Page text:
“A picture is worth 1000 words.”
_This safe has been through a lot. Tell its story.
The story is, “This is Living”, an essay In loitering: New & collected essays
I was reading “This is Living.”_An excerpt from an essay, Of Charles D’Ambrosio’s Reading List: A Charles D’Ambrosio Reading list, and as the author came to conclude, as I arrived at the end of my reading, to the last line,” No one took it, because it was heavy, and empty, but one morning when I look out from my window, and it was gone, ” then, suddenly, it struck my mind, that when I recalled the Image credit: “Safe” — the image above, and the Daily Prompt: the idea topic to write a post about.
A year ago, a post which I started it, and left it as a draft:”certainly somebody took it,” I mean, –the safe in the story, which is all about it, in “this is living, and where it ended up abandoned on a patch of dirt, in the way, or in something like that, as it occurred, is ended up with the same sort of fate” to the safe,” exactly where it had been left; I returned to it, to find the scrap of paper on top of a heap of drafts.
It was sometimes, in the middle of the story, where things started to make sense:
The bank kept the money safe. It was the physical place, it was the vault with the polished steel door, it was the safe deposit in which I'd store my silver dollars beside my father watch and fob that one day would be mine, when the time was right.
Then, I was wondering about the answer to the question:is it safe? At t top of the post. I remembered Marathonman,Little big man, there are some quotes and classics movies answers that one never forget, in that they became current in the public mind.
Goldman may not have originally conceived Marathon Man as a movie, but the final script stayed largely faithful to his novel. The film, like the book, begins with the death of Szell’s brother in a fiery Manhattan car crash. This accident brings together the lives of three people: Babe, who is about to begin a romance with the beautiful Swiss student Elsa; the spy Doc, who discovers that the couriers for Szell’s diamonds are being killed off and that he may be next; and Szell himself, who travels incognito from Uruguay to New York to retrieve his gems. When Doc learns that Babe and Elsa have been mugged in Central Park by Szell’s goons, he travels to New York and tries to convince Babe that Elsa is not who she claims to be. Doc confronts Szell, who fatally stabs him, but the spy survives long enough to die in Babe’s arms. Peter Janeway, Doc’s colleague and (implied) lover, questions Babe, warning him that Szell’s men may come after him. Indeed, Szell’s goons abduct Babe and the Nazi doctor tortures him with dental tools, seeking the answer to a mysterious question: “Is it safe?” (for Szell to retrieve his jewels from the bank).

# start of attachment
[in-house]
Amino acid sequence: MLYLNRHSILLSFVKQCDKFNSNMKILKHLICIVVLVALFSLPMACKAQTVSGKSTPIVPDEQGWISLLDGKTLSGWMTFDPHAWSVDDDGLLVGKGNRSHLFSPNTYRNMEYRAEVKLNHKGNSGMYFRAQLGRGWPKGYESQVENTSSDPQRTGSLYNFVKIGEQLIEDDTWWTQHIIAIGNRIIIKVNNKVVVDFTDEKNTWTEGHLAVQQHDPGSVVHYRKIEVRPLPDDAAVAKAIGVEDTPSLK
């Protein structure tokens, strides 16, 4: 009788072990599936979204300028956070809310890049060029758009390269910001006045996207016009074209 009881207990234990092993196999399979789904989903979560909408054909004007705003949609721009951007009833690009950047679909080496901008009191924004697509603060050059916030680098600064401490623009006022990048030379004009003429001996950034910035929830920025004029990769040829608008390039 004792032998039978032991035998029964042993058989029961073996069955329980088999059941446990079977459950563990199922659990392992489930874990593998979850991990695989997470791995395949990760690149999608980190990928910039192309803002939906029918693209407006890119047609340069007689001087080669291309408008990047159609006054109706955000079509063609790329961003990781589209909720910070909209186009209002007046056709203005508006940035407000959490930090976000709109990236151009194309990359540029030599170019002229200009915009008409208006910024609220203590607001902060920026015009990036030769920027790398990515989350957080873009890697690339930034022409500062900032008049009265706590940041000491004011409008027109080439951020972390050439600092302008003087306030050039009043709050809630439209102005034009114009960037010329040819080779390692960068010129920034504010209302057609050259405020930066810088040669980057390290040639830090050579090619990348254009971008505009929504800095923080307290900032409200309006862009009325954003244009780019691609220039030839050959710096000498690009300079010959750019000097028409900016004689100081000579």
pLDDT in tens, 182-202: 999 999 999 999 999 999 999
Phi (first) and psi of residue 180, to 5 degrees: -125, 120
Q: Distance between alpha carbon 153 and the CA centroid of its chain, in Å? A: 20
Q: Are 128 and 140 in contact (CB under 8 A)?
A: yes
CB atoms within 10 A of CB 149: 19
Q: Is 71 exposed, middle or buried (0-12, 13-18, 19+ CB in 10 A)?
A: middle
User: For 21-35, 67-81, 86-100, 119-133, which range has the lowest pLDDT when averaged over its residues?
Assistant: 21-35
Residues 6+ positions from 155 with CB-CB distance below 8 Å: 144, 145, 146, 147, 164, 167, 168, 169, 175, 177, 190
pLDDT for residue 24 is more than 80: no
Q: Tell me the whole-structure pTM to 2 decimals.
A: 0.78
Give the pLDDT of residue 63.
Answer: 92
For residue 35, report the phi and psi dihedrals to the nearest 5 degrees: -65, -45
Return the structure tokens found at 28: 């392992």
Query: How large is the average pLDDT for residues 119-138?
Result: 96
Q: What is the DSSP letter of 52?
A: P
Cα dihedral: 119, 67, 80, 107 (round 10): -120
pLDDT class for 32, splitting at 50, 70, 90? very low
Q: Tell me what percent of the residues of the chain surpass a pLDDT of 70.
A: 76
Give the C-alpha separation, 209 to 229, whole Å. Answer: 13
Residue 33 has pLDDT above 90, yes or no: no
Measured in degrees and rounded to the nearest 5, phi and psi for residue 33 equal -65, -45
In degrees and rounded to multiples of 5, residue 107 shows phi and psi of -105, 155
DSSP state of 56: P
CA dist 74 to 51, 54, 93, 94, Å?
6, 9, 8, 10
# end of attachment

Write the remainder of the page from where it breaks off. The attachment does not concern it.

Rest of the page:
I was a fervent fan of Dustin Hoffman,and a movie-goer,in the 70ies, and I had Seen, basically all the movies in which he had starring in, in a logical way, i conjugate the effort to put together a bou-a-bout of a story with another.
To conclude’ to the question-“Is it safe?”at the beggening of the post above – a quote from the movie The Maratonman, the answer was “it is not safe.” It was a story about stolen diamons transported by c0uriers and a control agent involved in an elaborate network of couriers who transport diamonds stolen during World War II from wealthy Jews seeking to flee Germany, which are then sold on world markets for the secret benefit of fugitive Nazi war criminal Dr. Christian Szell (Laurence Olivier). Szell, a dentist who tortured Jews in a concentration camp, the whole story, you can read it by clicking on the link above.
Certainly, I don’t have the pretense to tell a story of equal “weight” that strikes one’s fancy, like ” This is Living” as narrated, in the same way as the writer did, but what I could say is, that I am enough an artist to draw up on my imagination, and to invite you to go through the path, if you want to know the entire story from the beginning to the end.